Lost on the way home: The right to life in Northern Ireland

Christine Bell, Johanna Keenan

Research output: Contribution to journalArticlepeer-review


This article starts from the premise that, through the Belfast Agreement, the Human Rights Act 1998 (HRA) was invested with a‘transitional justice’ function in Northern Ireland, unlike in the rest of the United Kingdom. The article evaluates how far the HRA has met this challenge by examining a case study of the right to life. The European Court's development of a procedural aspect to the right to life in the form of a right to an effective investigation, has implicated both institutional reform for the future, and also a need to revisit past state killings with their‘transitional justice’ implications. There have been some positive developments, but, despite this, domestic institutions and courts have largely failed to deliver on Article 2's procedural aspect. The article concludes by questioning whether the very design of the HRA has limited the possibilities for a‘transformational constitutionalism’ capable of incorporating Article 2's procedural right.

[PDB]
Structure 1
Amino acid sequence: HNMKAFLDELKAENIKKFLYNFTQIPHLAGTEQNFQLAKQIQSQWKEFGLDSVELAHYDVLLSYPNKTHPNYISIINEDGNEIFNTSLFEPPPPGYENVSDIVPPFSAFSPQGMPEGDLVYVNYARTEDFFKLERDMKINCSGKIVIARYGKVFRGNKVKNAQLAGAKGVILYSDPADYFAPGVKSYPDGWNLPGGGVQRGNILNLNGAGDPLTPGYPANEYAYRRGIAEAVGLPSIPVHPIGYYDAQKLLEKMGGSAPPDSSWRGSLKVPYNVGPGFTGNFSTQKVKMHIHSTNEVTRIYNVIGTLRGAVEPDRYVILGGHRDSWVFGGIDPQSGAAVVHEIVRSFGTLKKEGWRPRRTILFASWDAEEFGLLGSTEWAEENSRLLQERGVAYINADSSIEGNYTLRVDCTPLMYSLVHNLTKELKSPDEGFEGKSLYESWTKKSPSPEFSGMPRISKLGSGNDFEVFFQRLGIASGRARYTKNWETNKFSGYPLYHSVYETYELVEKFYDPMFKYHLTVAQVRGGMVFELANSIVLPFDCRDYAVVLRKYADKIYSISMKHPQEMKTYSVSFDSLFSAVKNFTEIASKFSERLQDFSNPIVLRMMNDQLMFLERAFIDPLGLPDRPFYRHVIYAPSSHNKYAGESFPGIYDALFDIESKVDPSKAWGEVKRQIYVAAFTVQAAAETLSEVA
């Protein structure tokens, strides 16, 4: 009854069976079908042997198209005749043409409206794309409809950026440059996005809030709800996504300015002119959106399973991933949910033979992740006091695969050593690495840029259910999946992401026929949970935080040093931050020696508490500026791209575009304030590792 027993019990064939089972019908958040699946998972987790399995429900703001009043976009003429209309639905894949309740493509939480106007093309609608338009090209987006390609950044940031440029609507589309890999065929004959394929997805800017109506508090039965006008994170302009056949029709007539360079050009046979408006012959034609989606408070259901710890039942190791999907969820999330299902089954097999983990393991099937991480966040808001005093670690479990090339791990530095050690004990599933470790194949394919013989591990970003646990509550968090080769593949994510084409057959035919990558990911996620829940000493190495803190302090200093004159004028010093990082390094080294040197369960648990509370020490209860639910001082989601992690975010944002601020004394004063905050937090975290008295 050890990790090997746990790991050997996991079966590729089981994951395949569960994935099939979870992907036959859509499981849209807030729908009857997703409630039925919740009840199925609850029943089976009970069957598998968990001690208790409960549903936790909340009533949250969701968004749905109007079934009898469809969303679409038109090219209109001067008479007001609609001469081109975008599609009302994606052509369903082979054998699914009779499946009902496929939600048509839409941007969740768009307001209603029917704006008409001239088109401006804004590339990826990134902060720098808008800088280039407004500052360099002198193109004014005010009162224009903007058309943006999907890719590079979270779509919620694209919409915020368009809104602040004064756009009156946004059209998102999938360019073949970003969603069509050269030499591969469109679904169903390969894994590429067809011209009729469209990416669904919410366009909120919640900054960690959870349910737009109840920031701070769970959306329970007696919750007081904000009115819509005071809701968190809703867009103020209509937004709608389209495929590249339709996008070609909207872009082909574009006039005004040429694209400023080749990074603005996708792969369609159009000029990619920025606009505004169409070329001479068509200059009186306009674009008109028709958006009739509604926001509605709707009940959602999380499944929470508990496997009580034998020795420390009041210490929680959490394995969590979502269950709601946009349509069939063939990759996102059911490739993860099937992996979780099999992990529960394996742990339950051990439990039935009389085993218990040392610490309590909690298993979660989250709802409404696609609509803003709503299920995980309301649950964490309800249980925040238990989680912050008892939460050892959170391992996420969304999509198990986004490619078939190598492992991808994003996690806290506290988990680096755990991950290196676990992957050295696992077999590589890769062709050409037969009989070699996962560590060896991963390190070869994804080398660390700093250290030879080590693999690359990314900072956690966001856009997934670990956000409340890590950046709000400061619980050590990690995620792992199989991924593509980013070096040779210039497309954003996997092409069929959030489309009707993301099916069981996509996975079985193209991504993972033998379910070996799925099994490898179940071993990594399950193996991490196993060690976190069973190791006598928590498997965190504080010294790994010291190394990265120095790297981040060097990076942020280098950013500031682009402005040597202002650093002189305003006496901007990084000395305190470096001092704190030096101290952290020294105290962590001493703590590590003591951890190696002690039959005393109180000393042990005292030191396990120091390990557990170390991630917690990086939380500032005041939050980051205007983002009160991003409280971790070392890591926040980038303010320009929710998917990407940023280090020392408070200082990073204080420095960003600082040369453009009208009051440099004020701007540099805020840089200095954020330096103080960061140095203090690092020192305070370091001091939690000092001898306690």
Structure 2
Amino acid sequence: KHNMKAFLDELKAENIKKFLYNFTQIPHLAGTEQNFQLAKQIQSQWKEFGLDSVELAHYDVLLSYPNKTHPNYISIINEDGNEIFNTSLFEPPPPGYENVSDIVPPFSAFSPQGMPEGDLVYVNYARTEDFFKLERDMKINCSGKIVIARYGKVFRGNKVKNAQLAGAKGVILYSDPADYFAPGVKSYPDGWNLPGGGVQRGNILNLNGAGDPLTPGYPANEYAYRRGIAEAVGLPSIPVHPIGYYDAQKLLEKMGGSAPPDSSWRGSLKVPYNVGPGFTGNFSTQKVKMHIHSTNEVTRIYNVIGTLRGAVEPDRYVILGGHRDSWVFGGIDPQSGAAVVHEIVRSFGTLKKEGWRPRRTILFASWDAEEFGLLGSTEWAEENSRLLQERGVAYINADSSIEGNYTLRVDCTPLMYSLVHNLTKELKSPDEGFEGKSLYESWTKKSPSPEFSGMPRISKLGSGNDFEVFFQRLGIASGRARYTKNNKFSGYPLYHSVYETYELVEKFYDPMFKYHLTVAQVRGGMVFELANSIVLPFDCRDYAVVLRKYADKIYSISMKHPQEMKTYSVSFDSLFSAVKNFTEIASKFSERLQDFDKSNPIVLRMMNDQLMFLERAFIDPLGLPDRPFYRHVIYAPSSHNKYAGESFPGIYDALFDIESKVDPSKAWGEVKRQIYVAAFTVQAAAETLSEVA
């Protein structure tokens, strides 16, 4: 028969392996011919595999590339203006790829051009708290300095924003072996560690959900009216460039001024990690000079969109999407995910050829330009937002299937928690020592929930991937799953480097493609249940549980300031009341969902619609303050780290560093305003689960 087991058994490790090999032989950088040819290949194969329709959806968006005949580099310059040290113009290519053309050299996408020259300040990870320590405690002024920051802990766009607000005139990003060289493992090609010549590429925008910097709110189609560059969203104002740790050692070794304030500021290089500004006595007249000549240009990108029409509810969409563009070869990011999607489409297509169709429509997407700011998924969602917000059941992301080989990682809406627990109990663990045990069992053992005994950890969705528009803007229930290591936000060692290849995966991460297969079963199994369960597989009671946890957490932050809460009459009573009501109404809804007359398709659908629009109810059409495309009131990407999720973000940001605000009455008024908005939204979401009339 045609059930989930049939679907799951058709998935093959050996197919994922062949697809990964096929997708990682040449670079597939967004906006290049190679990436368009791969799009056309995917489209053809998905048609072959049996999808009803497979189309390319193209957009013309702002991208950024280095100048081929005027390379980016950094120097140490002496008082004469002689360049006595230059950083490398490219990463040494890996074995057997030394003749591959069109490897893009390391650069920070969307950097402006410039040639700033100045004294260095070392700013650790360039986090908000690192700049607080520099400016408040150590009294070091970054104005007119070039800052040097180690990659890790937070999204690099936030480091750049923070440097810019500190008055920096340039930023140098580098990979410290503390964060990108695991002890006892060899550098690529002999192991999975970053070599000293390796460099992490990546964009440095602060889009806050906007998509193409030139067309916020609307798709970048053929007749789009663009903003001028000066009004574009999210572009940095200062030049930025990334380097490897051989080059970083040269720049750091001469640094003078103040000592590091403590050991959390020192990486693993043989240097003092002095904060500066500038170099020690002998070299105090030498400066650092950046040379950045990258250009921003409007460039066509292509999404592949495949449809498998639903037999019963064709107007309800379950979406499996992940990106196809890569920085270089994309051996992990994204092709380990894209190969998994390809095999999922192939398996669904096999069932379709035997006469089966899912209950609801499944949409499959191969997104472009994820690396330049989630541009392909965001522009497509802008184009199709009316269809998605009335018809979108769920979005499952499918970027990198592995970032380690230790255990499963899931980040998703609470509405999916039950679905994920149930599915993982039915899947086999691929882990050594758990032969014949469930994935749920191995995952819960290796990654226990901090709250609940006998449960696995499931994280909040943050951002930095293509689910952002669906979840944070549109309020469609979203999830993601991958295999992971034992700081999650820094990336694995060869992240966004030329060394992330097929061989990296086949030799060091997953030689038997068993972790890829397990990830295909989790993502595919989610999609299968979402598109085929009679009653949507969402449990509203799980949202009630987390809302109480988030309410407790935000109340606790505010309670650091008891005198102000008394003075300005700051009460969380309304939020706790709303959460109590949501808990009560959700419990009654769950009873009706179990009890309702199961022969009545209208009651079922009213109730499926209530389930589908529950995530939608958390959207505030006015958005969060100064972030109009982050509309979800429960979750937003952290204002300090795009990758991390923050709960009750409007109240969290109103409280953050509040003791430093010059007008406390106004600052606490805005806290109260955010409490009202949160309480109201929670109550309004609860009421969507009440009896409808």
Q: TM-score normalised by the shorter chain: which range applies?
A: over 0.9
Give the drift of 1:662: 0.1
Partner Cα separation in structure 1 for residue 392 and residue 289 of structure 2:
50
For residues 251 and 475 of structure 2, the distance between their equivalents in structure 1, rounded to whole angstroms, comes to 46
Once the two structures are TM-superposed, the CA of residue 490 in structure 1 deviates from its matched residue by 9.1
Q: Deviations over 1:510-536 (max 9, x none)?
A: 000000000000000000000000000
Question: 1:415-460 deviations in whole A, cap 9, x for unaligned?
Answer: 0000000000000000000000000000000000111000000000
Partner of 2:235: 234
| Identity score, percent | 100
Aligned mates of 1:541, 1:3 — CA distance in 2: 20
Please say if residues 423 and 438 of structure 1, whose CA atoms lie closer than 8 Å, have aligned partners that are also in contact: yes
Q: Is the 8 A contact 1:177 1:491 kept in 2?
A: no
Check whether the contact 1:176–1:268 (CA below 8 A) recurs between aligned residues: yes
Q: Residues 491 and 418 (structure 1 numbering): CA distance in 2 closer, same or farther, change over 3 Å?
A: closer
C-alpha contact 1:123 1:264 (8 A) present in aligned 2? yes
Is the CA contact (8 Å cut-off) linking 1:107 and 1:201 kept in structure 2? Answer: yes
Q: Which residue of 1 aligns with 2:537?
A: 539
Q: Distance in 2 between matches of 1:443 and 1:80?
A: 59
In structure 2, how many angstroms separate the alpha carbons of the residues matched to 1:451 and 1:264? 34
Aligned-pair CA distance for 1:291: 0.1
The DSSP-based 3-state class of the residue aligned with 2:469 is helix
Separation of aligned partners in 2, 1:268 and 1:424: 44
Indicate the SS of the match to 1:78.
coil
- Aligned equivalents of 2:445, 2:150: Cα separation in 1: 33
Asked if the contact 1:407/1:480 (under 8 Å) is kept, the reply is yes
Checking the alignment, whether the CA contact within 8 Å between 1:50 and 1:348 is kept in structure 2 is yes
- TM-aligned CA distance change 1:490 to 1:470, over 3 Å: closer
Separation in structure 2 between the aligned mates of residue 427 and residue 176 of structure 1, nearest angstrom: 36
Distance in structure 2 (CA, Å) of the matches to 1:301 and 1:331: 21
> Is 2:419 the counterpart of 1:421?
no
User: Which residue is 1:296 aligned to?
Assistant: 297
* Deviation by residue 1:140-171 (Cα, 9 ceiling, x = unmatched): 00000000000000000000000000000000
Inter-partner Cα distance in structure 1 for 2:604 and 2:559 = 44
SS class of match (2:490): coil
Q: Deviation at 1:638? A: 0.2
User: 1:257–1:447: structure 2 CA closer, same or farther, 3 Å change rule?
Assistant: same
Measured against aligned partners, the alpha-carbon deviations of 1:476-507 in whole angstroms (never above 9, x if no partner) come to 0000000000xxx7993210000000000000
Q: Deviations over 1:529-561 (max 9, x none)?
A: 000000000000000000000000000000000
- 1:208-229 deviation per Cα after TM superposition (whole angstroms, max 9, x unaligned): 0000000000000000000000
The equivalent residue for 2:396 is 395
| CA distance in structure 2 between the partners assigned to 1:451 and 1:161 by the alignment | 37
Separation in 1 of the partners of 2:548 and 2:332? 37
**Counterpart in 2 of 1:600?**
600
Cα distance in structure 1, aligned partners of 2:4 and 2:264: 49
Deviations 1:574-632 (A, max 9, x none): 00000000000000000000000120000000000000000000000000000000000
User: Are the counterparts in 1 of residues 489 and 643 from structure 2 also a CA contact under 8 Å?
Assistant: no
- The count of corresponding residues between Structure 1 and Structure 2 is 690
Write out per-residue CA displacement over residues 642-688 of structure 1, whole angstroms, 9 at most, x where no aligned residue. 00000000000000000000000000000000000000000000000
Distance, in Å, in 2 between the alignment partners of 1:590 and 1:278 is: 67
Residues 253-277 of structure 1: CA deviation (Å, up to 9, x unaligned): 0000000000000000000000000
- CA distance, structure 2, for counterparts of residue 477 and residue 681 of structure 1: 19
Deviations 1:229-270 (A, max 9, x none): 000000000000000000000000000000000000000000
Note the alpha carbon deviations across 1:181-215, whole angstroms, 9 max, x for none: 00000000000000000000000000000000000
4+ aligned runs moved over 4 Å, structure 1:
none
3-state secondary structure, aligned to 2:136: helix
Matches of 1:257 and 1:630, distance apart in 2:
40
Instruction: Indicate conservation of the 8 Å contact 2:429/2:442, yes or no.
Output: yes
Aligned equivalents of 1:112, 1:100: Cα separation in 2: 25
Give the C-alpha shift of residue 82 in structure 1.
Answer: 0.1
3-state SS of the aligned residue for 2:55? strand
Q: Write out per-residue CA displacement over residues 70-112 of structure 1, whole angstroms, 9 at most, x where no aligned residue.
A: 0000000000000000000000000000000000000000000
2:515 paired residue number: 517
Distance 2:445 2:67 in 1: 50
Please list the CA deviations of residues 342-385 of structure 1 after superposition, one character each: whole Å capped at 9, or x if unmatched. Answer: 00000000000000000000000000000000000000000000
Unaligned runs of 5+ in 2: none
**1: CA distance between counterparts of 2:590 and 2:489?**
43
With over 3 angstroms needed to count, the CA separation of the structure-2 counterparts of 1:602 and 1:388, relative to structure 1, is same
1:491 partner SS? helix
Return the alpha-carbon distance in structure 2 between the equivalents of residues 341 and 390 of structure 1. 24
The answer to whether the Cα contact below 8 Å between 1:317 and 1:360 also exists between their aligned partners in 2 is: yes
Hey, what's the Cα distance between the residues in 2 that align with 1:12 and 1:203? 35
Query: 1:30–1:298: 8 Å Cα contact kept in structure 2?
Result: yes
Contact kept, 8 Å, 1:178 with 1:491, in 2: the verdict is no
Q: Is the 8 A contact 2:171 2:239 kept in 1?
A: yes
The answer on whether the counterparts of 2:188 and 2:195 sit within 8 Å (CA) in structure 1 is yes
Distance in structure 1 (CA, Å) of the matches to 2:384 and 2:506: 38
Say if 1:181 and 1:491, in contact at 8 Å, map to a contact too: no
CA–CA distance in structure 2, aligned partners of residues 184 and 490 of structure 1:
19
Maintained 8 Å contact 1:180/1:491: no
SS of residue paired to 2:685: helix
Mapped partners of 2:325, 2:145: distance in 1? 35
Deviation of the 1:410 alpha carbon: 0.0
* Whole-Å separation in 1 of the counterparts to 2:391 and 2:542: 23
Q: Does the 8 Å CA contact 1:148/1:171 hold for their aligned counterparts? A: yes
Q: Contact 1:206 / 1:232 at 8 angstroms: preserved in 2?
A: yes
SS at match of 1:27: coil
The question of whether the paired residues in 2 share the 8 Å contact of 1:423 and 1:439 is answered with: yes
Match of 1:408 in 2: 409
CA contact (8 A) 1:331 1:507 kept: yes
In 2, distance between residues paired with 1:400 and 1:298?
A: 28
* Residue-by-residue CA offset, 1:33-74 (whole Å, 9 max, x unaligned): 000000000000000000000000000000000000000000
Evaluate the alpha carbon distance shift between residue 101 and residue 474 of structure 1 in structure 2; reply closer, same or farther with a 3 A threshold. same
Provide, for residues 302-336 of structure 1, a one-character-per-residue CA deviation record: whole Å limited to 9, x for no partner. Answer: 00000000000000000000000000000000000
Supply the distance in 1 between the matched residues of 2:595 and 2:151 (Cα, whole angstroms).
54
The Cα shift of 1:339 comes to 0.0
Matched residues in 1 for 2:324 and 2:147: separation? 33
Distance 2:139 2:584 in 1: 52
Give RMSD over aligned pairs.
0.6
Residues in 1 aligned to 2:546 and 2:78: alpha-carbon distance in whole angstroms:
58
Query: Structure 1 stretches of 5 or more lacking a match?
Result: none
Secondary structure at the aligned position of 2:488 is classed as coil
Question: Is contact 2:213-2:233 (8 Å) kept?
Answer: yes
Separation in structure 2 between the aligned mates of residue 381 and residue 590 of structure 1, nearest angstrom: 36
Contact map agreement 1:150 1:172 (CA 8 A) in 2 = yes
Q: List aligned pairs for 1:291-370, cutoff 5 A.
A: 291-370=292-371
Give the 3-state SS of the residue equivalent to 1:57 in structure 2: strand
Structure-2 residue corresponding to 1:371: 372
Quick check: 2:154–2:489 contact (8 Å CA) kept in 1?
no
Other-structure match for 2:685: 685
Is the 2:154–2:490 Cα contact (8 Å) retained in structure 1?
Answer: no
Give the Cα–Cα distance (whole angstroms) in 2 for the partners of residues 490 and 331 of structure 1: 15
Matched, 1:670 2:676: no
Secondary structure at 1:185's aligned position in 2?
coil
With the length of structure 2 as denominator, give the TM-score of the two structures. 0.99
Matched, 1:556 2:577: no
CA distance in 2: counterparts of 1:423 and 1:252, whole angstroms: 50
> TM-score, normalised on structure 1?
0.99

Original languageEnglish
Pages (from-to)68-89
Number of pages21
JournalJournal of Law and Society
Issue number1
Publication statusPublished - 2005


  • right to life (International law)
  • Civil Rights
  • Human Rights
  • rights
  • public law
  • Northern Ireland


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